By Chris Buckley and Ben Blanchard

BEIJING (Reuters) - Chinese leader-in-waiting Xi Jinping appeared in public on Saturday for the first time in about two weeks, visiting a Beijing university in what appeared to be an effort to dispel rumors of serious illness and a troubled succession.

In a brief English-language report that broke the official silence on his whereabouts, the Xinhua news agency said Vice President Xi had arrived at China Agricultural University in the morning for activities to mark National Science Popularisation Day.

Pictures on state television's main evening news showed a healthy-looking, relaxed Xi inspecting ears of corn, chatting with students and laughing with children. Reuters had reported that Xi was likely to make an appearance on Saturday.

Sources said Xi hurt his back while swimming earlier this month and that he had been obeying doctors' orders to get bed rest and undergo physiotherapy.

A Reuters reporter at the university saw a man with sleek black hair wearing a white shirt -- who from a distance looked like Xi -- getting loud applause as he stepped out of the building housing an exhibition and raised his arms up and down twice in a gesture of vigor.

A later, full description of Xi's visit by Xinhua said he inspected exhibitions on growing drought-resistant corn and a talk on how to fight food adulteration, a perennial problem in the world's second-largest economy.

"Food is the people's first necessity, and food safety is an important issue for people's livelihood," the report quoted him as saying.

None of the reports made mention of Xi's recent absence.

News of his appearance spread rapidly on China's popular Twitter-like microblogging site Sina Weibo, with users referring to Xi as the "crown prince" to avoid the usual censorship associated with the names of top leaders.

"He looks well," wrote one user.

"In the future he should take better care when he goes swimming," added another.

STATE SECRET

Xi had been out of the public eye for almost two weeks and had skipped meetings with foreign leaders and dignitaries, including U.S. Secretary of State Hillary Clinton.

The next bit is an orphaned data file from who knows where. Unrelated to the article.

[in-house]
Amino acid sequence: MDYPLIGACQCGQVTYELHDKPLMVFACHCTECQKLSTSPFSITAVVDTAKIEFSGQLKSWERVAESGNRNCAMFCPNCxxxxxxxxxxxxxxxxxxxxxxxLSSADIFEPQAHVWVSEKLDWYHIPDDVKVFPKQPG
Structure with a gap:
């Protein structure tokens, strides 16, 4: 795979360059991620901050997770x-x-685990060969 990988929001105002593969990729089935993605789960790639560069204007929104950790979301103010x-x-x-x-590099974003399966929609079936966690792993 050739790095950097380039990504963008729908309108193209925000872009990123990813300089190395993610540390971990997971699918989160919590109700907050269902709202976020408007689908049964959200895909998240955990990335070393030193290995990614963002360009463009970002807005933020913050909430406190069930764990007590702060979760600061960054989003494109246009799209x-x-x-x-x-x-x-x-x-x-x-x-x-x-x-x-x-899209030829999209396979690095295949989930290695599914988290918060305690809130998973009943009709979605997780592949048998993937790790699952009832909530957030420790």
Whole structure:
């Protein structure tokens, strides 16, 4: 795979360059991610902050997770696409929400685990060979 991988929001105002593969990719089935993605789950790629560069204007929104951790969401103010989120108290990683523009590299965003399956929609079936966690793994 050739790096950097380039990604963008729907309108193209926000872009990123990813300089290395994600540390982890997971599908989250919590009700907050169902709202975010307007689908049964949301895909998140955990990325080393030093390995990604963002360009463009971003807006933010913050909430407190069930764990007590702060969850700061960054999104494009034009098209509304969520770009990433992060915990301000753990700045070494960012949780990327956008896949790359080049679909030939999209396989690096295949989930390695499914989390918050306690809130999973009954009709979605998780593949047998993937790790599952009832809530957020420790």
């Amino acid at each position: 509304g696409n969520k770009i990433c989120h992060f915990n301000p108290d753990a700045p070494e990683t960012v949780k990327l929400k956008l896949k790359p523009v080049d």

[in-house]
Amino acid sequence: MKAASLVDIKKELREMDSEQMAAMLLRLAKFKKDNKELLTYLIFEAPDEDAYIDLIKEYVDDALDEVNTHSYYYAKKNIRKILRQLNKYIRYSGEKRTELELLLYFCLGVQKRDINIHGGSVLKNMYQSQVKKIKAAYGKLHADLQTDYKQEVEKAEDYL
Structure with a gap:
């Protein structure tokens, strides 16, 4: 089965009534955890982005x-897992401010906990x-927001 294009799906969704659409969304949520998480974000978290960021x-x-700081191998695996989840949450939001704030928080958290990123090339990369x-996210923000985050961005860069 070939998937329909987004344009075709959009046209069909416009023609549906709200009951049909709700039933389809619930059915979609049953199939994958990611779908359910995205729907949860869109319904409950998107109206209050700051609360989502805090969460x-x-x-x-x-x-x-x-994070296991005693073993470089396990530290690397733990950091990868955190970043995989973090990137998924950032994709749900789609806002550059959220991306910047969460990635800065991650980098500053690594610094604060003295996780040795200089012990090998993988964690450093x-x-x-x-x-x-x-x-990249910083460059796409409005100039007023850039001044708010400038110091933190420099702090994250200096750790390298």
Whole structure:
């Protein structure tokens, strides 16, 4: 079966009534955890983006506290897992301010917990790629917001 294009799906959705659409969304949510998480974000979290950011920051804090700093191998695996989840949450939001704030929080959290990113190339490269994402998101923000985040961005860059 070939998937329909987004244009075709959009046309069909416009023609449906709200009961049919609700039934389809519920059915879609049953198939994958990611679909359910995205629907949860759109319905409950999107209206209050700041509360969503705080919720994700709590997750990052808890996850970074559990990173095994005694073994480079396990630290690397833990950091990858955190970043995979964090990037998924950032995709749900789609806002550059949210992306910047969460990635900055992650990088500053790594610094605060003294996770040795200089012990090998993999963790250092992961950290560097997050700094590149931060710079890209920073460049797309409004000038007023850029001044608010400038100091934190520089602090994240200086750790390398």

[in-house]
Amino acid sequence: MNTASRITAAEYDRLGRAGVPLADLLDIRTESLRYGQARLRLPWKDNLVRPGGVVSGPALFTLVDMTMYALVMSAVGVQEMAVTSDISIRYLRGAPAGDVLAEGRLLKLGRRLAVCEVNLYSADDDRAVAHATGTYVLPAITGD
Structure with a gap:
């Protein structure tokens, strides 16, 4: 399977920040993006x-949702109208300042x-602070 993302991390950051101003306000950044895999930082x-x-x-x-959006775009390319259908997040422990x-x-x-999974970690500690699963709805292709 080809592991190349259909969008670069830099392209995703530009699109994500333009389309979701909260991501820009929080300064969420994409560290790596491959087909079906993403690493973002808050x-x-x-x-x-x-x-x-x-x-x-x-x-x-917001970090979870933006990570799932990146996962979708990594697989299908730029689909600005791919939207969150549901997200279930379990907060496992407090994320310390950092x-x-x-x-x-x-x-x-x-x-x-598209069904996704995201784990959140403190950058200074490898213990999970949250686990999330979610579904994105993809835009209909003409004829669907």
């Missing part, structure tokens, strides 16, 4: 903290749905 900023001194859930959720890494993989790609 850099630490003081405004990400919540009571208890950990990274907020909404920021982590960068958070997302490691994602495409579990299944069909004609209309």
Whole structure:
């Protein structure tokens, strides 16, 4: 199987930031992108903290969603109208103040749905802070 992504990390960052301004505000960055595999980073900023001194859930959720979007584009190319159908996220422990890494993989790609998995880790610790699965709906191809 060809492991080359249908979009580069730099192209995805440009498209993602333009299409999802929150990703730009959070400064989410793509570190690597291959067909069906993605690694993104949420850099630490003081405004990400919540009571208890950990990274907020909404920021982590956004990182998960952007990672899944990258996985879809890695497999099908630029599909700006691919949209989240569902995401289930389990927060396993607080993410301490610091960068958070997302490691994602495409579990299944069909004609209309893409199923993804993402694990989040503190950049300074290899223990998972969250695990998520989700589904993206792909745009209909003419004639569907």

Chinese government officials repeatedly refused to say what had happened to him, fuelling speculation that has included Xi supposedly suffering a heart attack, a stroke, emergency cancer surgery and even an attempted assassination.

The ruling Communist Party's refusal to comment on his disappearance from public view and absence from scheduled events was in keeping with its traditional silence on the question of the health of top leaders - long considered a state secret - but it had worried or mystified most China watchers.

Beijing has yet to announce formally a date for the party's five-yearly congress, at which Xi is tipped to replace Hu Jintao as party chief, although it is still expected to be held in mid- or late October at the earliest.

In March next year, he is formally to take over the reins of the world's second-largest economy.

The uncertainty surrounding Xi's absence has had no impact so far on Chinese or foreign markets, which have been absorbed by Europe's debt crisis and China's own economic slowdown. But investors have been keeping a close eye on the mystery surrounding Xi, after months of political drama in China.

Senior leader Bo Xilai was suspended from the party's 25-member Politburo in April and his wife convicted of the murder of a British businessman. Blind human rights activist Chen Guangcheng escaped from house arrest in April and took refuge in the U.S. embassy before leaving for New York.

In another scandal this month, a senior ally of President Hu was demoted after sources said the ally's son was killed in a crash involving a luxury sports car.

(Writing by Ben Blanchard; Editing by Nick Macfie)